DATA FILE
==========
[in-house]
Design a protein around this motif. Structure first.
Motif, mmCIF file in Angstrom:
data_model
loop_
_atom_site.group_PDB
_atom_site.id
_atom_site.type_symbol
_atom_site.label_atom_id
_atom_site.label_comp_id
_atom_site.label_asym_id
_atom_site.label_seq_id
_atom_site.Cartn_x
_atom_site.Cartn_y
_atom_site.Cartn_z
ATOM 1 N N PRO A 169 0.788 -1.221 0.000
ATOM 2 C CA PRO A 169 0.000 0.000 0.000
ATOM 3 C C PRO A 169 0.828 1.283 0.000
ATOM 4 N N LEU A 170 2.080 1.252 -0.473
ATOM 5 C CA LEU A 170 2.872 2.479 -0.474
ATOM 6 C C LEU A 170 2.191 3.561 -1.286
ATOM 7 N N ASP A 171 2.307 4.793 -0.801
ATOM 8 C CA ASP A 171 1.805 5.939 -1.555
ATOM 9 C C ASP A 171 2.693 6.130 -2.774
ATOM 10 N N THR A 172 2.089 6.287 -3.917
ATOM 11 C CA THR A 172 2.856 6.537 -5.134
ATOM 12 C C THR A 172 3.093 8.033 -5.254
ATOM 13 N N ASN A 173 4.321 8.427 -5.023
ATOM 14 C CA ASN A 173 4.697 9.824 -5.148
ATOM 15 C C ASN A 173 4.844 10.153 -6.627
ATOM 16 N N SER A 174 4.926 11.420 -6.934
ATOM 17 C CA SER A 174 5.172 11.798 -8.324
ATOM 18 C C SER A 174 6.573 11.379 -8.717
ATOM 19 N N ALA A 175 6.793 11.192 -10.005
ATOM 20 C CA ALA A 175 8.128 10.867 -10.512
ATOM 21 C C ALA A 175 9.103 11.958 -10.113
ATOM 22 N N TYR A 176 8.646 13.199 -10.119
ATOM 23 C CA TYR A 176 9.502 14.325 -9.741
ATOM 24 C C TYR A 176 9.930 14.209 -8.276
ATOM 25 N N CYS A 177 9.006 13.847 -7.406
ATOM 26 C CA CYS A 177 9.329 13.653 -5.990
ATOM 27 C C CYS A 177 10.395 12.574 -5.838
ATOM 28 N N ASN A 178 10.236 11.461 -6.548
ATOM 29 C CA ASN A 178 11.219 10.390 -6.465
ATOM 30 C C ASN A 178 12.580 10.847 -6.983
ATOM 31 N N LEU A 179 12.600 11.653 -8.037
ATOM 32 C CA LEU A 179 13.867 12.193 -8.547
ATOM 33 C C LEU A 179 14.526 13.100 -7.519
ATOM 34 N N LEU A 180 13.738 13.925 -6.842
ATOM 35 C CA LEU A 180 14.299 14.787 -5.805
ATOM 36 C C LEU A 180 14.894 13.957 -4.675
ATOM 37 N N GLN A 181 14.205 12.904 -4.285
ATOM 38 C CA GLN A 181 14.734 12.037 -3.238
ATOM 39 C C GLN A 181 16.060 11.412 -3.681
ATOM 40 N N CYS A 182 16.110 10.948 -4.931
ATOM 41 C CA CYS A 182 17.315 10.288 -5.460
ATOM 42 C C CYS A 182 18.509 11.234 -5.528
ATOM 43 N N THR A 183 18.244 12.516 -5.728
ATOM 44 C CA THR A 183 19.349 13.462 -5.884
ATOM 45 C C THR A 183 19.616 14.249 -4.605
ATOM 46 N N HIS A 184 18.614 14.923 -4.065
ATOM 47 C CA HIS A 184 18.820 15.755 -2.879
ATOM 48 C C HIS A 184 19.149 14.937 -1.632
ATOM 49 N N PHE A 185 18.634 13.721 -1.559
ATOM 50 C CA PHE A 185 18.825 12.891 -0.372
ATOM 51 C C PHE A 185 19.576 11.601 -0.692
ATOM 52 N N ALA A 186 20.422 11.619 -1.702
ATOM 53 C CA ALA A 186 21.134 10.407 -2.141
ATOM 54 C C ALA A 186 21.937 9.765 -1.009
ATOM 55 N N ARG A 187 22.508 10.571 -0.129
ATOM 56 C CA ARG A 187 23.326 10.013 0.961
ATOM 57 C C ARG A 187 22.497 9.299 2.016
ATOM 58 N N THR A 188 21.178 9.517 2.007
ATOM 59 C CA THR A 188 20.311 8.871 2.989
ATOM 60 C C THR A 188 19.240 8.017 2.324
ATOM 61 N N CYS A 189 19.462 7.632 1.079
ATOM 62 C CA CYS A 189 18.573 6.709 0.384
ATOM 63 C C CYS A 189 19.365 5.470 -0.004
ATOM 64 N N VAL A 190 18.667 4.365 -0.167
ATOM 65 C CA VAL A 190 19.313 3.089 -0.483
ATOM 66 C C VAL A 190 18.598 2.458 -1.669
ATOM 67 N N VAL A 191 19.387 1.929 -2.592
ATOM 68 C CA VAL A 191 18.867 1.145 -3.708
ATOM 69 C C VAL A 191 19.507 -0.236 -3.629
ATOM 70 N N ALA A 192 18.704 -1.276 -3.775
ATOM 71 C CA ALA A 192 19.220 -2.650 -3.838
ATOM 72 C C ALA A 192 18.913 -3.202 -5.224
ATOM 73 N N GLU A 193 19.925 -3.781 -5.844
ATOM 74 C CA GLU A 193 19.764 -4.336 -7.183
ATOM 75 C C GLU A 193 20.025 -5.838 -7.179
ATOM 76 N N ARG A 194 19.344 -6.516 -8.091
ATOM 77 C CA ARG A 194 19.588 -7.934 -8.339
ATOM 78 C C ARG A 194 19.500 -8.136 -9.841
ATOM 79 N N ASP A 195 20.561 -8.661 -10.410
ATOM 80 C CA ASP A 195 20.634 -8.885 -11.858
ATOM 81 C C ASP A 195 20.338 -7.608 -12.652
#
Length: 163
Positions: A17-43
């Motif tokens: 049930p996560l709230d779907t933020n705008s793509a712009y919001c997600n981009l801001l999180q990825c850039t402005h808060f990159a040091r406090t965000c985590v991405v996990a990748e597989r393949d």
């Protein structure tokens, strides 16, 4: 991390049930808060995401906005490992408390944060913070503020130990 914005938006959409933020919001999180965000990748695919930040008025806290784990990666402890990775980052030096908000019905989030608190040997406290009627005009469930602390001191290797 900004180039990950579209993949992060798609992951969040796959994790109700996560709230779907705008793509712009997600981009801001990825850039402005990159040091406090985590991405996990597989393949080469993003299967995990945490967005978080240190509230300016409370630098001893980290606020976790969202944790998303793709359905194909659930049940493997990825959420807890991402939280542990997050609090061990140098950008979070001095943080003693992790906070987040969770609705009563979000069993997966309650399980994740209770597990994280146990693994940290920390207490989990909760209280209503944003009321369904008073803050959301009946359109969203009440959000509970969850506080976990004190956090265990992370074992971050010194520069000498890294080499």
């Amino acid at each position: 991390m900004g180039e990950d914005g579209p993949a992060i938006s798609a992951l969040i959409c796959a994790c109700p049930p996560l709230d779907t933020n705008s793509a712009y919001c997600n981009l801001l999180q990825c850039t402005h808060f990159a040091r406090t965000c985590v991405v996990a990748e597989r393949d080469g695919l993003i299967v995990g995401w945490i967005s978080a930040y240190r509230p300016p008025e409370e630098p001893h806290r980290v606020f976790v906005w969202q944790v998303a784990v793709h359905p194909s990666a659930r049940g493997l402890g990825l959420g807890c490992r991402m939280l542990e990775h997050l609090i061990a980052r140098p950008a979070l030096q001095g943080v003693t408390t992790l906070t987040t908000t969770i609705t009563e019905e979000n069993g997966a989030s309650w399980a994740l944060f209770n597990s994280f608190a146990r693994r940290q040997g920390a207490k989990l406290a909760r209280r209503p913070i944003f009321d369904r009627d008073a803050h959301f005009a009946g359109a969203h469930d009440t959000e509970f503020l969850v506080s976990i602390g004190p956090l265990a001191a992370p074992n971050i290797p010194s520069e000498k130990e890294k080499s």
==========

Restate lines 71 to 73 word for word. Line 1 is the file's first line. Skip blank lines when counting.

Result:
ATOM 56 C CA ARG A 187 23.326 10.013 0.961
ATOM 57 C C ARG A 187 22.497 9.299 2.016
ATOM 58 N N THR A 188 21.178 9.517 2.007